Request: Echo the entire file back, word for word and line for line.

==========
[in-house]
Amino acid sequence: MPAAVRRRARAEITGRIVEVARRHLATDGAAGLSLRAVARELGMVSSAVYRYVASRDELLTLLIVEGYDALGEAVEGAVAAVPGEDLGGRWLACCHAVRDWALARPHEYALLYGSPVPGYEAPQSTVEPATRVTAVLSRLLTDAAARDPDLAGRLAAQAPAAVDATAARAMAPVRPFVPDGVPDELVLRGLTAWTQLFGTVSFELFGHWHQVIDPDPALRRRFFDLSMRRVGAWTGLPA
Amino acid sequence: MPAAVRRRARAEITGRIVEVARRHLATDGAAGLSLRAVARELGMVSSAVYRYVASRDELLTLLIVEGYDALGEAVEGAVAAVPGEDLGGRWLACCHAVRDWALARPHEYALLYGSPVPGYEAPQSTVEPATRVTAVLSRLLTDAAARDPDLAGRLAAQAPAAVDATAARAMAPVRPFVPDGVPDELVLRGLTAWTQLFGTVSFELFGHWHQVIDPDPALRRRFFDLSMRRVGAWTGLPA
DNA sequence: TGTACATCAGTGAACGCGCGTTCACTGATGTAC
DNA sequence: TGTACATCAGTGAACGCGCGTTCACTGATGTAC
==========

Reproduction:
[in-house]
Amino acid sequence: MPAAVRRRARAEITGRIVEVARRHLATDGAAGLSLRAVARELGMVSSAVYRYVASRDELLTLLIVEGYDALGEAVEGAVAAVPGEDLGGRWLACCHAVRDWALARPHEYALLYGSPVPGYEAPQSTVEPATRVTAVLSRLLTDAAARDPDLAGRLAAQAPAAVDATAARAMAPVRPFVPDGVPDELVLRGLTAWTQLFGTVSFELFGHWHQVIDPDPALRRRFFDLSMRRVGAWTGLPA
Amino acid sequence: MPAAVRRRARAEITGRIVEVARRHLATDGAAGLSLRAVARELGMVSSAVYRYVASRDELLTLLIVEGYDALGEAVEGAVAAVPGEDLGGRWLACCHAVRDWALARPHEYALLYGSPVPGYEAPQSTVEPATRVTAVLSRLLTDAAARDPDLAGRLAAQAPAAVDATAARAMAPVRPFVPDGVPDELVLRGLTAWTQLFGTVSFELFGHWHQVIDPDPALRRRFFDLSMRRVGAWTGLPA
DNA sequence: TGTACATCAGTGAACGCGCGTTCACTGATGTAC
DNA sequence: TGTACATCAGTGAACGCGCGTTCACTGATGTAC